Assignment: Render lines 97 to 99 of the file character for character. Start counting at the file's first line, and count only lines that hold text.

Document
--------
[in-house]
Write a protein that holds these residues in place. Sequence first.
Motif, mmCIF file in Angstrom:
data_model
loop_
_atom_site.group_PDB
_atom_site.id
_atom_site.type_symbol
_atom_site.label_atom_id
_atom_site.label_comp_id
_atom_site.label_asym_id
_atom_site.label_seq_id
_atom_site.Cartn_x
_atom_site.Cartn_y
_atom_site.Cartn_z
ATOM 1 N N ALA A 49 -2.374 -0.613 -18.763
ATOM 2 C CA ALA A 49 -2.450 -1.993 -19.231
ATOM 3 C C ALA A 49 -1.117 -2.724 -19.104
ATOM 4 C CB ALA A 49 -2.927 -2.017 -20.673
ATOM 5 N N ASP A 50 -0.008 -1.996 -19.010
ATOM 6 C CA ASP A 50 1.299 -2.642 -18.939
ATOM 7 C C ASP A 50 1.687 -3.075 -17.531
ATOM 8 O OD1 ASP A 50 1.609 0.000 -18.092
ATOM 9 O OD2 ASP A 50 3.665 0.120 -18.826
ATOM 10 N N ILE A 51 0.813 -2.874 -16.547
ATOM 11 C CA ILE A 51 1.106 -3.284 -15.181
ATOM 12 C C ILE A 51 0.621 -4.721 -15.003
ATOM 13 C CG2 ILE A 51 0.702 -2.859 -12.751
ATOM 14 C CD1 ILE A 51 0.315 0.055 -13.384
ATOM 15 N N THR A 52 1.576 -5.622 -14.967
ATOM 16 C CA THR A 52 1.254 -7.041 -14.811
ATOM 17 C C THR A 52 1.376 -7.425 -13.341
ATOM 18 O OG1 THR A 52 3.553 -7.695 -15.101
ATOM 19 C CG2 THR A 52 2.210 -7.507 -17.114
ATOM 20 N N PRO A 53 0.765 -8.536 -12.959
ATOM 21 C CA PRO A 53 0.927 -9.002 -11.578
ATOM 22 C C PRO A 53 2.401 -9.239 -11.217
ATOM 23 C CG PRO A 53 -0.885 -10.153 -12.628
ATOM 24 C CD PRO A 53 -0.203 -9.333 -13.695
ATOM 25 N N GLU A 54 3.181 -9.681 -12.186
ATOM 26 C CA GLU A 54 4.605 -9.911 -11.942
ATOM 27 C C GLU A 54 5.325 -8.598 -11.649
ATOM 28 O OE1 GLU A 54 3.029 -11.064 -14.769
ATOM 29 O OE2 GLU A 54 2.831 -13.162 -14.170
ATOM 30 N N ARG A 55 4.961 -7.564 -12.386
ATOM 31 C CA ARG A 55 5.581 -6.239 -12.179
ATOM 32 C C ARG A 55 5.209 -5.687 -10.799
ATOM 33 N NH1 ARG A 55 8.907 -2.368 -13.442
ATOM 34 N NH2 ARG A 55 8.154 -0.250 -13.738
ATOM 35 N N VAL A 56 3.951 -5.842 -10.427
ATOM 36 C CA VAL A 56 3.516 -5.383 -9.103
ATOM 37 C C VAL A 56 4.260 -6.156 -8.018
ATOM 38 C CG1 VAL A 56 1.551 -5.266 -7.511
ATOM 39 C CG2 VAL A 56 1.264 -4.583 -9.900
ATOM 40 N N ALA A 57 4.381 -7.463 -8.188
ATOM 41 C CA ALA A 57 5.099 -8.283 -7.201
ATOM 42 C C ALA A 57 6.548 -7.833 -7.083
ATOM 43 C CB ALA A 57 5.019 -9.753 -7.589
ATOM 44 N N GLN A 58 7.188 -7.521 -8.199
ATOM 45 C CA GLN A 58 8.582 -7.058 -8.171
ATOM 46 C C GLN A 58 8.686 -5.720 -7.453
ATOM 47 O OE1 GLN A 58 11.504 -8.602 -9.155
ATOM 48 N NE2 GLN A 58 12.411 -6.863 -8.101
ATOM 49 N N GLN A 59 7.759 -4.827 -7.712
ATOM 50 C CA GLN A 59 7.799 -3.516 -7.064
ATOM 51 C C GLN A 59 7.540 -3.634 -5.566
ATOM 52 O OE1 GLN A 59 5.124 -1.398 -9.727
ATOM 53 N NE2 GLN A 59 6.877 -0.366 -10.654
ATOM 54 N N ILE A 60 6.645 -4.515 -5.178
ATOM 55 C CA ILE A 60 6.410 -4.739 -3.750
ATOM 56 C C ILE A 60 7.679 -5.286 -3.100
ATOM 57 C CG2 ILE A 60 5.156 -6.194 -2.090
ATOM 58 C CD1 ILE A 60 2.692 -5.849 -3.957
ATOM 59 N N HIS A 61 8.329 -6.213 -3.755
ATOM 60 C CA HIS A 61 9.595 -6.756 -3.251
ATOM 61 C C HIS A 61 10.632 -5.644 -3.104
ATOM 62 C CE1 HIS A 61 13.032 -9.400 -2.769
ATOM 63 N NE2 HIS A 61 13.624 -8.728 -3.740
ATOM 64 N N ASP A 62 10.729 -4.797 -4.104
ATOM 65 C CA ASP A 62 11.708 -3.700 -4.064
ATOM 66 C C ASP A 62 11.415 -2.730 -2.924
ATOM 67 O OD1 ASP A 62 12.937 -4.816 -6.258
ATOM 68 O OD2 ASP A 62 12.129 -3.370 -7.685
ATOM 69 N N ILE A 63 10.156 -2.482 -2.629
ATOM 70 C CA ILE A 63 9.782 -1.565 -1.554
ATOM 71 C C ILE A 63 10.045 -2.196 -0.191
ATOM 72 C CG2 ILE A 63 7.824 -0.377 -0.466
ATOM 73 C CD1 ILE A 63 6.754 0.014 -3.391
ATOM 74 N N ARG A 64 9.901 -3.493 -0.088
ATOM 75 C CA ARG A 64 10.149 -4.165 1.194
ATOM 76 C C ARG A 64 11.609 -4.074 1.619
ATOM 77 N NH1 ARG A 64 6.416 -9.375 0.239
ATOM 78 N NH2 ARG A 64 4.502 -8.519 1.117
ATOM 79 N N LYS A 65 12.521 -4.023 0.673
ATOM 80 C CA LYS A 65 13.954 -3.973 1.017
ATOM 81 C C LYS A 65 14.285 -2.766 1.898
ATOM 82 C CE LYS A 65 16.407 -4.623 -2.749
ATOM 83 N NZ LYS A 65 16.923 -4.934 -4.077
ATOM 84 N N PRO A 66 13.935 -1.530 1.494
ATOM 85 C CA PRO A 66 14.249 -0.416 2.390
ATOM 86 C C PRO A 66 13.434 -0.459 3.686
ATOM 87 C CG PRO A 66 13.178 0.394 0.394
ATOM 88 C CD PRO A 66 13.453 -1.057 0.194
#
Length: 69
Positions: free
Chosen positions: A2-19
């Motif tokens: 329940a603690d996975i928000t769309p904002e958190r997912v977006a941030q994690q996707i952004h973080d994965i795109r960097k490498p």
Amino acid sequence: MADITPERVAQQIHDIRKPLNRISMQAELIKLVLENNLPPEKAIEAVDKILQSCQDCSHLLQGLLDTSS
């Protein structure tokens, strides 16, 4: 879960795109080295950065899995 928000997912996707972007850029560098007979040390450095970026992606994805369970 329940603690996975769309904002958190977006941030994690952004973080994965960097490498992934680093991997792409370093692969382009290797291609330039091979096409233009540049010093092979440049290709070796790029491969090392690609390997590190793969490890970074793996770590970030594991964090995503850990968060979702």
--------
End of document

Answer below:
ATOM 82 C CE LYS A 65 16.407 -4.623 -2.749
ATOM 83 N NZ LYS A 65 16.923 -4.934 -4.077
ATOM 84 N N PRO A 66 13.935 -1.530 1.494